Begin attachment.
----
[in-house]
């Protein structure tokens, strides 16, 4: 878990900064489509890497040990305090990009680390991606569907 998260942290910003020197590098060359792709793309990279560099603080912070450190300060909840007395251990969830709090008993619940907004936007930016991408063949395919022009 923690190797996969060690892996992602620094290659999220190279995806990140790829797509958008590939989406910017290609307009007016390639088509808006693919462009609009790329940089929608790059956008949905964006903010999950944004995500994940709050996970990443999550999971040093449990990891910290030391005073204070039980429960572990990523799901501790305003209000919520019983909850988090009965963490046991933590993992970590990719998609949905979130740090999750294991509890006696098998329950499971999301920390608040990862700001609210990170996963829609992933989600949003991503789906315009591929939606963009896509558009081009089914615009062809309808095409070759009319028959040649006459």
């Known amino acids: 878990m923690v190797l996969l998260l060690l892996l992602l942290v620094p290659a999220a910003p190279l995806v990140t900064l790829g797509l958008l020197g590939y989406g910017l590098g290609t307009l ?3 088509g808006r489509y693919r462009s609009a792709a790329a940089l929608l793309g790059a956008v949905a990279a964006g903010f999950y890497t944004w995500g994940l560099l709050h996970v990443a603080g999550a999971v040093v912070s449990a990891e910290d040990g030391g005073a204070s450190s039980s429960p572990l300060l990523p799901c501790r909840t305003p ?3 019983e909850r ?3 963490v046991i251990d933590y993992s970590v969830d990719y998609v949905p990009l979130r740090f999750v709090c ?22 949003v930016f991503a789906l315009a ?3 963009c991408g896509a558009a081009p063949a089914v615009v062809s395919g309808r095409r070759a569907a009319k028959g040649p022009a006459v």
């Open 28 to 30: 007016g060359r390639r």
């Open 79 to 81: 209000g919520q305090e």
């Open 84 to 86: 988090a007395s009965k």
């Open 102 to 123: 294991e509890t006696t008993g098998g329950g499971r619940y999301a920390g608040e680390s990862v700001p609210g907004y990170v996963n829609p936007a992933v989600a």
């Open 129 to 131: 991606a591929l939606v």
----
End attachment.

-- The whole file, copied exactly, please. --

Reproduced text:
[in-house]
């Protein structure tokens, strides 16, 4: 878990900064489509890497040990305090990009680390991606569907 998260942290910003020197590098060359792709793309990279560099603080912070450190300060909840007395251990969830709090008993619940907004936007930016991408063949395919022009 923690190797996969060690892996992602620094290659999220190279995806990140790829797509958008590939989406910017290609307009007016390639088509808006693919462009609009790329940089929608790059956008949905964006903010999950944004995500994940709050996970990443999550999971040093449990990891910290030391005073204070039980429960572990990523799901501790305003209000919520019983909850988090009965963490046991933590993992970590990719998609949905979130740090999750294991509890006696098998329950499971999301920390608040990862700001609210990170996963829609992933989600949003991503789906315009591929939606963009896509558009081009089914615009062809309808095409070759009319028959040649006459």
């Known amino acids: 878990m923690v190797l996969l998260l060690l892996l992602l942290v620094p290659a999220a910003p190279l995806v990140t900064l790829g797509l958008l020197g590939y989406g910017l590098g290609t307009l ?3 088509g808006r489509y693919r462009s609009a792709a790329a940089l929608l793309g790059a956008v949905a990279a964006g903010f999950y890497t944004w995500g994940l560099l709050h996970v990443a603080g999550a999971v040093v912070s449990a990891e910290d040990g030391g005073a204070s450190s039980s429960p572990l300060l990523p799901c501790r909840t305003p ?3 019983e909850r ?3 963490v046991i251990d933590y993992s970590v969830d990719y998609v949905p990009l979130r740090f999750v709090c ?22 949003v930016f991503a789906l315009a ?3 963009c991408g896509a558009a081009p063949a089914v615009v062809s395919g309808r095409r070759a569907a009319k028959g040649p022009a006459v």
């Open 28 to 30: 007016g060359r390639r």
């Open 79 to 81: 209000g919520q305090e």
């Open 84 to 86: 988090a007395s009965k």
């Open 102 to 123: 294991e509890t006696t008993g098998g329950g499971r619940y999301a920390g608040e680390s990862v700001p609210g907004y990170v996963n829609p936007a992933v989600a």
């Open 129 to 131: 991606a591929l939606v």